The Jewish Community Center (JCC) of Greater Monmouth County, Deal, NJ, remains open despite financial difficulties that resulted in its filing for bankruptcy on Dec 5. Operating on memberships and donations from community members, the 110,000-square-foot Ruth Hyman JCC has evaded three Monmouth County Sheriff's sales after TD Bank initiated foreclosure on the facility in spring 2011.

The facility's 2009 IRS 990 form foreshadowed the financial complications to come with total expenses outnumbering total revenue by $588,017 up from the previous year's $240,286. While fund balances decreased by almost $700,000, three JCC board members loaned the facility funds for operating costs. Board chair member Donald Epstein loaned $419,174, board president Stephen Levy loaned $80,000 and former board president Brian Krost chipped in $150,000.

However, the financial difficulties progressed as enrollment at the Center Play School declined from 90 students in 2009 to 51 students in 2011. Other significant financial setbacks at the JCC during the past year included a reduction in camp enrollment, which was the facility's largest source of revenue in 2009 with more than $1.5 million, the collapse of the gym roof, which caused parts of the JCC to close for six months, and declining revenues from membership. Executive Director Aaron Rosenfeld left in June to take a job at the JCC of Omaha, NE. Levy then stepped into the executive director role.

The Jewish Federation of Monmouth County had offered its support to the facility after the announcement of the initial sheriff's sale in October. With additional support from the Deal Sephardic Network and community stakeholders who expressed interest in providing emergency funding to the facility, TD Bank postponed the foreclosure sale in hopes of renegotiating the facility's debt.

"This is a problem money alone will not solve," Keith Krivitzky, executive director of the Jewish Federation of Monmouth County, told Club Industry. "While the debts facing the JCC are significant, the fundamental issue is the need to identify a going-forward role and business model for a Jewish community center. We continue working with the current JCC leadership to get an accurate picture of operations and liabilities, with an eye to seeing whether a viable business model can be developed. At the same time, we have been working to ensure the long-term viability of the particular programs we support with our allocations through the JCC."

Then, on Dec. 2, the JCC closed its Center Play School, which had served the community for nearly 50 years. The JCC preschool was operating at a significant loss each month, and payroll for December could not be met, Levy told New Jersey Jewish News.

Levy notified the preschool director of the closure by e-mail on the Friday afternoon of the closure, leaving teachers to notify parents to find an alternative school for their children by the following Monday.

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The preschool closed despite the Jewish Federation making a grant to the preschool and several other programs at the JCC. The Jewish Federation also loaned money to the facility to assist with the financial difficulties. No longer able to postpone the impending sheriff's sale, the JCC filed for bankruptcy on Dec. 5 to stop the sale of the building, which was valued at $6.5 million.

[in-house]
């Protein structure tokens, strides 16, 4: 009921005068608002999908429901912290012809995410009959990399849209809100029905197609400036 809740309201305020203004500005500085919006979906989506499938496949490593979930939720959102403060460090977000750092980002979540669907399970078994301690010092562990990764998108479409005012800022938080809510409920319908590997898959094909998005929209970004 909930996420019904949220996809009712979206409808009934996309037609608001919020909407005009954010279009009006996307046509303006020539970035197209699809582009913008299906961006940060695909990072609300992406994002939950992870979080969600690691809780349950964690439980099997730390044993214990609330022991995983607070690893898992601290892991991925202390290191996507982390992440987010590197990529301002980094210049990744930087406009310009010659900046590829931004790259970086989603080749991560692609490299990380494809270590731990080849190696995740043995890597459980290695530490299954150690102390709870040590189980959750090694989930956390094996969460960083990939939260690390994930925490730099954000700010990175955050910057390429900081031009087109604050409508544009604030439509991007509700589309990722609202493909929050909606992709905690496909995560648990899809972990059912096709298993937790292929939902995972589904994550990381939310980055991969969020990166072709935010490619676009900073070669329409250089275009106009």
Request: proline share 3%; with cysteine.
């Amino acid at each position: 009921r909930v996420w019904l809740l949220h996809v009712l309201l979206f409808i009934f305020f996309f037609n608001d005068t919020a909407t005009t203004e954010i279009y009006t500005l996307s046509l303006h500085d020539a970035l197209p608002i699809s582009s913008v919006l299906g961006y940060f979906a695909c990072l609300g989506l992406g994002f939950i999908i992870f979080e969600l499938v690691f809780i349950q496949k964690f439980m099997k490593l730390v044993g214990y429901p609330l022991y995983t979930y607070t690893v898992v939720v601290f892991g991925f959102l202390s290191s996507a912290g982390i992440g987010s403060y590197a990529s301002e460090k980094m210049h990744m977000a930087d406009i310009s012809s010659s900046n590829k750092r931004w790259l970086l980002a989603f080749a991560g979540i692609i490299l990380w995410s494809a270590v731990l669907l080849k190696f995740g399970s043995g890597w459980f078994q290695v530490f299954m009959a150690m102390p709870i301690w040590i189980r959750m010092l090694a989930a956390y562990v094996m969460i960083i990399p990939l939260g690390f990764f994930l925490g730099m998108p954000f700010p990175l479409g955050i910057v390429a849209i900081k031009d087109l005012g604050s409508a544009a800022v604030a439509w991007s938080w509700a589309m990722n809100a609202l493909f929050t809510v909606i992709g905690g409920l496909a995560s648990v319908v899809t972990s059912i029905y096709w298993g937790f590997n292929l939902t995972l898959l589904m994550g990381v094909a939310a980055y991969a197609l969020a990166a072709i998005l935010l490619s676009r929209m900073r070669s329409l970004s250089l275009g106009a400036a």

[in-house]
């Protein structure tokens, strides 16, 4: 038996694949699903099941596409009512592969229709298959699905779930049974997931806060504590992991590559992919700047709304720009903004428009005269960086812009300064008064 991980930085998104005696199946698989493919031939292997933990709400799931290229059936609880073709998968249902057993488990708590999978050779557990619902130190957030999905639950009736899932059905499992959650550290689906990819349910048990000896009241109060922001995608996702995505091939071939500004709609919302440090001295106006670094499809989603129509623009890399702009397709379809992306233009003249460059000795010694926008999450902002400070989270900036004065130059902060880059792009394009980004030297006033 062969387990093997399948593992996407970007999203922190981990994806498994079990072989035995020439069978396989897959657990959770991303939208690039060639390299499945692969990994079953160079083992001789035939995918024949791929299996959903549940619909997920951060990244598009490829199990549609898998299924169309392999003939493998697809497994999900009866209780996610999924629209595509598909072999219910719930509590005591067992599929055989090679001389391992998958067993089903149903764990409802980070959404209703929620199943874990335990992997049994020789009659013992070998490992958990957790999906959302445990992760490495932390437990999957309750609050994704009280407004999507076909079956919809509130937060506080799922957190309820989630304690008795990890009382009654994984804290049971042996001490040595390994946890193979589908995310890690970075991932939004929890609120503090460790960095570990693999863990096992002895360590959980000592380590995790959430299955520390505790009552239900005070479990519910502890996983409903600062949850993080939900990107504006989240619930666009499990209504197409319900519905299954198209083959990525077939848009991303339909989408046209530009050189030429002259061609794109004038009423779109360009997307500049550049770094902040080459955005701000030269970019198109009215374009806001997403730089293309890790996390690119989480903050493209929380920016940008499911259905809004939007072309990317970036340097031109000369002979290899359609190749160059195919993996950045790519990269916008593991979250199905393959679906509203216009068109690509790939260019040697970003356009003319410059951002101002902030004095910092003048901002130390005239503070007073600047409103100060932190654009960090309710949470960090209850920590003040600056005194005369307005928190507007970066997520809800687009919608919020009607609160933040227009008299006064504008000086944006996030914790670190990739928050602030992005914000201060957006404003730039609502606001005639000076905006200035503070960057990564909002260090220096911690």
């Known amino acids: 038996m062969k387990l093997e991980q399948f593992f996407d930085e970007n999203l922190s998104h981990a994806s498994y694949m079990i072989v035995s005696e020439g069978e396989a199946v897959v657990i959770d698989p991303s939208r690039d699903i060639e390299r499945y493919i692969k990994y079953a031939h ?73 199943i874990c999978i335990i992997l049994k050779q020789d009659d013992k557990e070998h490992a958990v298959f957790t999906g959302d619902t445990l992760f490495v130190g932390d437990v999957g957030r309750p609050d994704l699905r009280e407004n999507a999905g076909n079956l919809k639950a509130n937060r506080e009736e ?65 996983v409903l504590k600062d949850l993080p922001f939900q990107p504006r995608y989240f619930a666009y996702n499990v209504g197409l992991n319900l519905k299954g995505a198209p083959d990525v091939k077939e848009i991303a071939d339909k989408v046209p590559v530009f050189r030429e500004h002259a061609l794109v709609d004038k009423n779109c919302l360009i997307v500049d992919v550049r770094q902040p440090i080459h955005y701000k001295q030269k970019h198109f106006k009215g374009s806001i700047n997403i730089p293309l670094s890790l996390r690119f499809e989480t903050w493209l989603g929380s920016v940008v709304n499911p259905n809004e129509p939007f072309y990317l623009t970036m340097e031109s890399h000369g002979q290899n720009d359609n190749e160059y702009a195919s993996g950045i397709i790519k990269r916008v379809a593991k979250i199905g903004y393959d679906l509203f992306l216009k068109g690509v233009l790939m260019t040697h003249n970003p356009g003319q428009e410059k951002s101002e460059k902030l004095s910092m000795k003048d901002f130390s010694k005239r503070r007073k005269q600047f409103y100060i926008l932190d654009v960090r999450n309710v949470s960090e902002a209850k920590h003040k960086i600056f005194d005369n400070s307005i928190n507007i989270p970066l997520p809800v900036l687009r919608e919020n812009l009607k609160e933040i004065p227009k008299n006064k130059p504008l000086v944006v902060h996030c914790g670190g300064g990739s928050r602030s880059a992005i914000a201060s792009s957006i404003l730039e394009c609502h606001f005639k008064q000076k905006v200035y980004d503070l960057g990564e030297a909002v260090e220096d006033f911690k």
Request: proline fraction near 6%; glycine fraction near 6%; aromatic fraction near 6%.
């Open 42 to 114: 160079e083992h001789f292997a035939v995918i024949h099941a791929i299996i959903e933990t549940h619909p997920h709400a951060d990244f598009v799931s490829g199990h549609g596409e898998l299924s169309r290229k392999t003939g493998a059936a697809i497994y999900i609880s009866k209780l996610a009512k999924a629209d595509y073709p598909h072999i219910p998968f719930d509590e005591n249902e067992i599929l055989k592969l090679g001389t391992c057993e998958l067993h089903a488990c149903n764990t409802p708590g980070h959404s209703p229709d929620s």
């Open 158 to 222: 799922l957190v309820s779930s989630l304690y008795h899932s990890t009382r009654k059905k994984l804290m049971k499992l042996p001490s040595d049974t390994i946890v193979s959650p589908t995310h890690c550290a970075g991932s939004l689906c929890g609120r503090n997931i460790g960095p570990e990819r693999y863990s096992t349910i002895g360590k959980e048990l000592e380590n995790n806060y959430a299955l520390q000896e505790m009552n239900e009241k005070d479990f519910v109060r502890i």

The bankruptcy allows the JCC to remain open while reconfiguring its finances. In a letter to JCC members posted on the facility's website just four days after filing for bankruptcy, Levy addressed the plans of the board.

"We are still continuing our talks to see how we can come together as a community to refinance and revitalize the JCC," Levy wrote. "We now have a bit of breathing room with respect to our prior bills, which are set aside for the current time period. Our intention is to keep the facility open and to provide as many programs as we can, while we plan for the future."

Levy went on to encourage members to continue their memberships, pledges and support, adding: "No matter how much money we raise to solve some of the current problems, it will mean nothing unless our membership continues to support our agency, either as a member or benefactor. We will require current funds to pay current bills, if we wish to survive. Please do what you can to help. This building was not built by any one part of our community. It was constructed with money from a cross section of the community. It can only survive if we all come together to support the institution that supports the whole community."

Currently, the two gymnasiums and fitness centers as well as conference rooms are open to members. The JCC's performing arts center has performances scheduled through March as well as an additional lineup of events to be announced. The two tenants of the building, Yeshiva at the Jersey Shore and the J Café, continue to operate, but the facility's indoor pool is closed and group fitness programs are no longer being held. The only employees remaining are maintenance staff, one finance department staff member and physical education staff members who operate programs for the other tenants of the building.